Here, truly, is a classic example of the sanction of the victim.

What would have happened on Monday if one of those men had stood up and said "NO"?

Gift Certificates

Remember the passage in Atlas Shrugged where Floyd Ferris "asks" Hank Rearden to "give" Rearden Metal to the government - excuse me - "the country"?

The chief executives of the nine largest banks in the United States trooped into a gilded conference room at the Treasury Department at 3 p.m. Monday. To their astonishment, they were each handed a one-page document that said they agreed to sell shares to the government, then Treasury Secretary Henry M. Paulson Jr. said they must sign it before they left.

But by 6:30, all nine chief executives had signed . . .
Are we all Venezuelans now?

And what would John Allison have done under these circumstances?

Read the gory details here.

Monday, October 13, 2008


From today's The Oklahoman:

Typical politicians

I’m disappointed in Sen. Tom Coburn and Rep. Mary Fallin for voting for the second bailout bill. I voted for Coburn and Fallin to stop pork-barrel projects and to uphold the Constitution, things they both swore to do when they got to Washington. I wanted someone who’d take a stand against corruption and wasteful spending in Washington, but Coburn and Fallin have become typical politicians.

Do they think the common people who contacted them in protest of the bailout didn’t know that this might hurt us for a while? It might have hurt us, but it was better than going down the road to socialism!

Michael Markum, Edmond
Here's one from Sunday:
Either way...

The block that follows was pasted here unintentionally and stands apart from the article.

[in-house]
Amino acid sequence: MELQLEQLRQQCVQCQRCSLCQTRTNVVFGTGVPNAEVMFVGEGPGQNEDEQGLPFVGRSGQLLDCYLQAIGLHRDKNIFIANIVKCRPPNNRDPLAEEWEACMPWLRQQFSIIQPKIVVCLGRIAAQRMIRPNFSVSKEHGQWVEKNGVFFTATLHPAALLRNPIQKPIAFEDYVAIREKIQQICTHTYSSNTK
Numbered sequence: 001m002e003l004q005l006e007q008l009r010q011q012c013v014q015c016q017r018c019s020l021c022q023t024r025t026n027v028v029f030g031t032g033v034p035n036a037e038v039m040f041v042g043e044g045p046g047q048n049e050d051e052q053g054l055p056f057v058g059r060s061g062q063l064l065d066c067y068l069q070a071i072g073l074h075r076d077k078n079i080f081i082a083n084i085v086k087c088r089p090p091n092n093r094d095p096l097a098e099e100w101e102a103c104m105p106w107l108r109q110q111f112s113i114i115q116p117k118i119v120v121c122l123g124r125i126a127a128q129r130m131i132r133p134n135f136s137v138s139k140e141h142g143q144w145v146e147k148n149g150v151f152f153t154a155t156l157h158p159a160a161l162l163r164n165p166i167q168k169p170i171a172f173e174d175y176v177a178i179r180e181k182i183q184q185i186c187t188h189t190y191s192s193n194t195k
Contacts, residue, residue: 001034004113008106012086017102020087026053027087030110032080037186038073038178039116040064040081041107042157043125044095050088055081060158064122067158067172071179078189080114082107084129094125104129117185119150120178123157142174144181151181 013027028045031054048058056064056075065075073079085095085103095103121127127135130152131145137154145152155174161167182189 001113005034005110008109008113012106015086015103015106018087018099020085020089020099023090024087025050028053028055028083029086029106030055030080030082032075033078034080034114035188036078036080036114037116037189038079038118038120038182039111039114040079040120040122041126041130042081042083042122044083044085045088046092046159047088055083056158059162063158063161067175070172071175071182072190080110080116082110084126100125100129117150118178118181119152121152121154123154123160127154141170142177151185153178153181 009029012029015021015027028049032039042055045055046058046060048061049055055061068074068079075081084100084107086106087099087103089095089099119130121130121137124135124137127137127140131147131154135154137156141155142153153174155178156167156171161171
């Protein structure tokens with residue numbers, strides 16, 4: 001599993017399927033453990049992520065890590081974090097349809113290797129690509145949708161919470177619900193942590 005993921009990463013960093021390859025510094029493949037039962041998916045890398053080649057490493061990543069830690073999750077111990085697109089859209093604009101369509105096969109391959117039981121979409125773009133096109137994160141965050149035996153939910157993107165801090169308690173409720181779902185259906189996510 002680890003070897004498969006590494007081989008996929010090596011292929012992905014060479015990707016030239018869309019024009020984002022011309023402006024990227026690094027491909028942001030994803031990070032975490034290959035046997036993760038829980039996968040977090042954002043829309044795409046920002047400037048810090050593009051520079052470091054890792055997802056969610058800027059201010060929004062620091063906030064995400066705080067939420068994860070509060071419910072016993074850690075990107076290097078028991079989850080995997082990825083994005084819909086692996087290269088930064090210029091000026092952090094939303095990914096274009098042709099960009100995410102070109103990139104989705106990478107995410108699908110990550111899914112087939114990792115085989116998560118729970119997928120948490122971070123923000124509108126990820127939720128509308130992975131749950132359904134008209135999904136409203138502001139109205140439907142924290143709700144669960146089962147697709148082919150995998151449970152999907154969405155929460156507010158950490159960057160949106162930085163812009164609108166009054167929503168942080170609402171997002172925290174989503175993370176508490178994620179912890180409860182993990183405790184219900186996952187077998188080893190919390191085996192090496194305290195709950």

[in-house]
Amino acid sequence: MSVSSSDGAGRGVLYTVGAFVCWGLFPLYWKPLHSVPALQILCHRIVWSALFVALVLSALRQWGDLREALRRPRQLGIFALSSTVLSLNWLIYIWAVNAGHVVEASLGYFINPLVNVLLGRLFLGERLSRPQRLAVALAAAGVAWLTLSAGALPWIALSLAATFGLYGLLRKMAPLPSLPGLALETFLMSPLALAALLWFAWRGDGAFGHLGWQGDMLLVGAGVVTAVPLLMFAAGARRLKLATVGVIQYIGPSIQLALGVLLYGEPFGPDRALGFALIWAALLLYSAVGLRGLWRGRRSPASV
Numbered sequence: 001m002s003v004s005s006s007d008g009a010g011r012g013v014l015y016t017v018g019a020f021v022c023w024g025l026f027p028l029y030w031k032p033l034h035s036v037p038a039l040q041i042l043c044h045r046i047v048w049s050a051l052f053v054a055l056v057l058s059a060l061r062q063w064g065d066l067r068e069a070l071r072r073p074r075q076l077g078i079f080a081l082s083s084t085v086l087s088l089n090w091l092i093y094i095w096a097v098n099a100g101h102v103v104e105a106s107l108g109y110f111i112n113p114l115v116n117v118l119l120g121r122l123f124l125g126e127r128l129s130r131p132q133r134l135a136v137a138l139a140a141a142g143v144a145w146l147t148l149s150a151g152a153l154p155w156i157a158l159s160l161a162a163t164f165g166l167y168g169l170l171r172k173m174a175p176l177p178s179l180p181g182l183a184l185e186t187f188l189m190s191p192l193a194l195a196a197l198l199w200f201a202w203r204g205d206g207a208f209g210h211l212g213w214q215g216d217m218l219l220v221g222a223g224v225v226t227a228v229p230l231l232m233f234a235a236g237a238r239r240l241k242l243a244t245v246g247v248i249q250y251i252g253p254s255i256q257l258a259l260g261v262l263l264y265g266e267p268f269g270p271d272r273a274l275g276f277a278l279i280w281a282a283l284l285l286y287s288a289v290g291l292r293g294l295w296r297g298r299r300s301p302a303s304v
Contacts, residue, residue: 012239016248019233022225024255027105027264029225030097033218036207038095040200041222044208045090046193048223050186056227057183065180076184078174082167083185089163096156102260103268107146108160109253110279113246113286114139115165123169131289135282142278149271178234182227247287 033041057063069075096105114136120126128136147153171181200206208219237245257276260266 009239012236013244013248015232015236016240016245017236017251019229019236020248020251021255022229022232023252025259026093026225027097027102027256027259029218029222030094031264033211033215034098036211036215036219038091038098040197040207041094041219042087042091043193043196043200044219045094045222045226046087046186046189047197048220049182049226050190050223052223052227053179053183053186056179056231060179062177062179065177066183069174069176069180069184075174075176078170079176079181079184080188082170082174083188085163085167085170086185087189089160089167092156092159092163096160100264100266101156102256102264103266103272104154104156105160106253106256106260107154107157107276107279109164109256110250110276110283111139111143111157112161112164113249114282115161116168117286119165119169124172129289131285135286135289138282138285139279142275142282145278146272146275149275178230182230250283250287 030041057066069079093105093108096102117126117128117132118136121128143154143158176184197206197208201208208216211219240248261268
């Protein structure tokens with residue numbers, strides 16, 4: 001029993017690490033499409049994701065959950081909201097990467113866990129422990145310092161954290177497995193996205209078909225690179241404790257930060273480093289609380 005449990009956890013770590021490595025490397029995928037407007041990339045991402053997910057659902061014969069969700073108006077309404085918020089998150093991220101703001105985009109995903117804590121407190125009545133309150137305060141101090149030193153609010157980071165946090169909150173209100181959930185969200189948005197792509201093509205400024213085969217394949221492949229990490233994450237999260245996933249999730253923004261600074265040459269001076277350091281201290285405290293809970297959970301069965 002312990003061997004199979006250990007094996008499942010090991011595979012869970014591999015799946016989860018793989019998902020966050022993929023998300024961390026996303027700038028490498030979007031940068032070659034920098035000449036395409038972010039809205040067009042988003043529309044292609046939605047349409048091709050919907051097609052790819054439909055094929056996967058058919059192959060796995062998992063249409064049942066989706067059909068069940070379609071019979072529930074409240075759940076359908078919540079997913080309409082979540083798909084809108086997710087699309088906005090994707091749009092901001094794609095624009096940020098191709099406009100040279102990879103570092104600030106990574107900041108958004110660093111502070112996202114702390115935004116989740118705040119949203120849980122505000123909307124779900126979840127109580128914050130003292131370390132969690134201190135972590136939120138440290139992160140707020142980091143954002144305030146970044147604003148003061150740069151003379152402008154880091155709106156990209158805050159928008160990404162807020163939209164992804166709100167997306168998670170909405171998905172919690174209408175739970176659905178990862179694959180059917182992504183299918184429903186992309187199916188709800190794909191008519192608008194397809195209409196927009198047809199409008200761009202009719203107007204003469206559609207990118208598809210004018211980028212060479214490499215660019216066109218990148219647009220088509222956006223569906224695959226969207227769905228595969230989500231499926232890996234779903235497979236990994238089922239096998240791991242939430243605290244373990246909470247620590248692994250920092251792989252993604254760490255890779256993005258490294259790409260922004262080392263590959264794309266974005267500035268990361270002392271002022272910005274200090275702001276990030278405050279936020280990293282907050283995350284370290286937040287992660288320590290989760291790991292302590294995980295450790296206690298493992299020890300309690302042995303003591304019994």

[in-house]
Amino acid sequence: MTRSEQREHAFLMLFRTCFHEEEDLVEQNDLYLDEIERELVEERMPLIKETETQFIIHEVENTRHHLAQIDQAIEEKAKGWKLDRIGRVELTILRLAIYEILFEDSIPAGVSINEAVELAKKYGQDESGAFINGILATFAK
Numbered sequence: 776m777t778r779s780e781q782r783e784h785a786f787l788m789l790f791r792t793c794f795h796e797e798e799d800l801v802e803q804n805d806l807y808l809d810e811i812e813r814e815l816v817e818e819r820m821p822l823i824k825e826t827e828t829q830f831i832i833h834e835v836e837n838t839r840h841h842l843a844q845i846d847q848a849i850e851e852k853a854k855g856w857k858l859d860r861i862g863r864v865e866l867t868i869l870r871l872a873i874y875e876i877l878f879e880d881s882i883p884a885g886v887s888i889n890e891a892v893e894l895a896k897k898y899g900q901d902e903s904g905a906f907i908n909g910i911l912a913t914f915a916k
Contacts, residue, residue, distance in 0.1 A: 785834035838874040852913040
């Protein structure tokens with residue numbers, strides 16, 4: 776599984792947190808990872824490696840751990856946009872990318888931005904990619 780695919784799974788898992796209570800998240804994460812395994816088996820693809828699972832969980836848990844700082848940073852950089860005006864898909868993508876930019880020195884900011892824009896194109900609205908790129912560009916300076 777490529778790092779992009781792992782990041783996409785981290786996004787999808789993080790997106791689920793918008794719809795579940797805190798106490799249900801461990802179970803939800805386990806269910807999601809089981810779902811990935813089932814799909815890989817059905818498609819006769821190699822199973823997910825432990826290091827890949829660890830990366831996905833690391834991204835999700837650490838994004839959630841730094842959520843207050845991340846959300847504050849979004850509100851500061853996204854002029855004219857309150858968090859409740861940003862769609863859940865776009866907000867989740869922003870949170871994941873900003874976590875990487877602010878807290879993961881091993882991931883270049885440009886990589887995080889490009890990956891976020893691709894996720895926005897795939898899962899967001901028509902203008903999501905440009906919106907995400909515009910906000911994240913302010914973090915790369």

Regardless of how the economic vampires in the banks, their corporate and government minions and their buddies in the Fed are portrayed sympathetically by the media, they’re still thieves. Their apologists sanitize their past and present actions, attempting to justify bleeding our economy dry to pay for their fraud, waste and abuse. Government officials and journalists who aid and abet these thieves are accessories to the crime.

Officials in the government, corporate executives and the bankers who subsidize them insist that all hell will break loose if we common citizens aren’t made economic sacrificial animals. What they don’t tell us is that all hell will break loose if we give them what’s left of our economic lifeblood. Either way, we’re caught. The truth of our economy teetering on fake currency and widespread criminality is coming to light in spite of the whitewash.

Will we meekly consent to being bled by these vampires, fearful that if we rock the boat, we’ll lose what little we have left? Or will we educate ourselves as to what real money is, how a truly free enterprise system works, and stand up for our unalienable rights? Do we consider our lives worthy of economic and political freedom? Time will tell.

Ruth McReynolds, Oklahoma City

Are We All Socialists Now?